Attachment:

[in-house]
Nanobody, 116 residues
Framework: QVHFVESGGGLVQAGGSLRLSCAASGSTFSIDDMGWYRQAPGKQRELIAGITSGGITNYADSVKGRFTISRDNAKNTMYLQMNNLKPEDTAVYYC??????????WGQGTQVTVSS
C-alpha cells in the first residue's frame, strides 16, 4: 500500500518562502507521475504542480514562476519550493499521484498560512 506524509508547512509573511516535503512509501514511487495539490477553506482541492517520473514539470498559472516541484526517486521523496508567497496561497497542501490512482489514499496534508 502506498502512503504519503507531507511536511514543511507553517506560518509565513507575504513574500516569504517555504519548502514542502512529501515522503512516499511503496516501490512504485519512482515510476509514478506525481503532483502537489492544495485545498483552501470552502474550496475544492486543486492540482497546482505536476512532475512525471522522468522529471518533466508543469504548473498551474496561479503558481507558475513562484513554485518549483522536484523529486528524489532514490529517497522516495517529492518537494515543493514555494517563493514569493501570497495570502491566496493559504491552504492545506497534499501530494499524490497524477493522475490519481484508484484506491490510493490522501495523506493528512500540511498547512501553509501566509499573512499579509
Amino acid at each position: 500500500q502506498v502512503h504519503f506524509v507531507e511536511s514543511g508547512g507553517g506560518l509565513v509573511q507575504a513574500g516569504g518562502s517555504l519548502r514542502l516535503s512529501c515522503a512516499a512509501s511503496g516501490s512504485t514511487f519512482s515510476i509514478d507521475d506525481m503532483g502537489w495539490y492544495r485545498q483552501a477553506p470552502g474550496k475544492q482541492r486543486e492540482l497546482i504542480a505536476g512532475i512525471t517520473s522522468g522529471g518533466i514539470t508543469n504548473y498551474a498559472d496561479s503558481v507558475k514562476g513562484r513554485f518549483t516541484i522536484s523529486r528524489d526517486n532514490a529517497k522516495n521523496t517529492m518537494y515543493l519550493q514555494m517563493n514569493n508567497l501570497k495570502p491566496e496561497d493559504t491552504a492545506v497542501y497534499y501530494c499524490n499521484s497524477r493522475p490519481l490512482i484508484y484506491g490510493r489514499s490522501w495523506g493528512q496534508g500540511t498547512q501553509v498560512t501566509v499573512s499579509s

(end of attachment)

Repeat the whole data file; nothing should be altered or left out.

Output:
[in-house]
Nanobody, 116 residues
Framework: QVHFVESGGGLVQAGGSLRLSCAASGSTFSIDDMGWYRQAPGKQRELIAGITSGGITNYADSVKGRFTISRDNAKNTMYLQMNNLKPEDTAVYYC??????????WGQGTQVTVSS
C-alpha cells in the first residue's frame, strides 16, 4: 500500500518562502507521475504542480514562476519550493499521484498560512 506524509508547512509573511516535503512509501514511487495539490477553506482541492517520473514539470498559472516541484526517486521523496508567497496561497497542501490512482489514499496534508 502506498502512503504519503507531507511536511514543511507553517506560518509565513507575504513574500516569504517555504519548502514542502512529501515522503512516499511503496516501490512504485519512482515510476509514478506525481503532483502537489492544495485545498483552501470552502474550496475544492486543486492540482497546482505536476512532475512525471522522468522529471518533466508543469504548473498551474496561479503558481507558475513562484513554485518549483522536484523529486528524489532514490529517497522516495517529492518537494515543493514555494517563493514569493501570497495570502491566496493559504491552504492545506497534499501530494499524490497524477493522475490519481484508484484506491490510493490522501495523506493528512500540511498547512501553509501566509499573512499579509
Amino acid at each position: 500500500q502506498v502512503h504519503f506524509v507531507e511536511s514543511g508547512g507553517g506560518l509565513v509573511q507575504a513574500g516569504g518562502s517555504l519548502r514542502l516535503s512529501c515522503a512516499a512509501s511503496g516501490s512504485t514511487f519512482s515510476i509514478d507521475d506525481m503532483g502537489w495539490y492544495r485545498q483552501a477553506p470552502g474550496k475544492q482541492r486543486e492540482l497546482i504542480a505536476g512532475i512525471t517520473s522522468g522529471g518533466i514539470t508543469n504548473y498551474a498559472d496561479s503558481v507558475k514562476g513562484r513554485f518549483t516541484i522536484s523529486r528524489d526517486n532514490a529517497k522516495n521523496t517529492m518537494y515543493l519550493q514555494m517563493n514569493n508567497l501570497k495570502p491566496e496561497d493559504t491552504a492545506v497542501y497534499y501530494c499524490n499521484s497524477r493522475p490519481l490512482i484508484y484506491g490510493r489514499s490522501w495523506g493528512q496534508g500540511t498547512q501553509v498560512t501566509v499573512s499579509s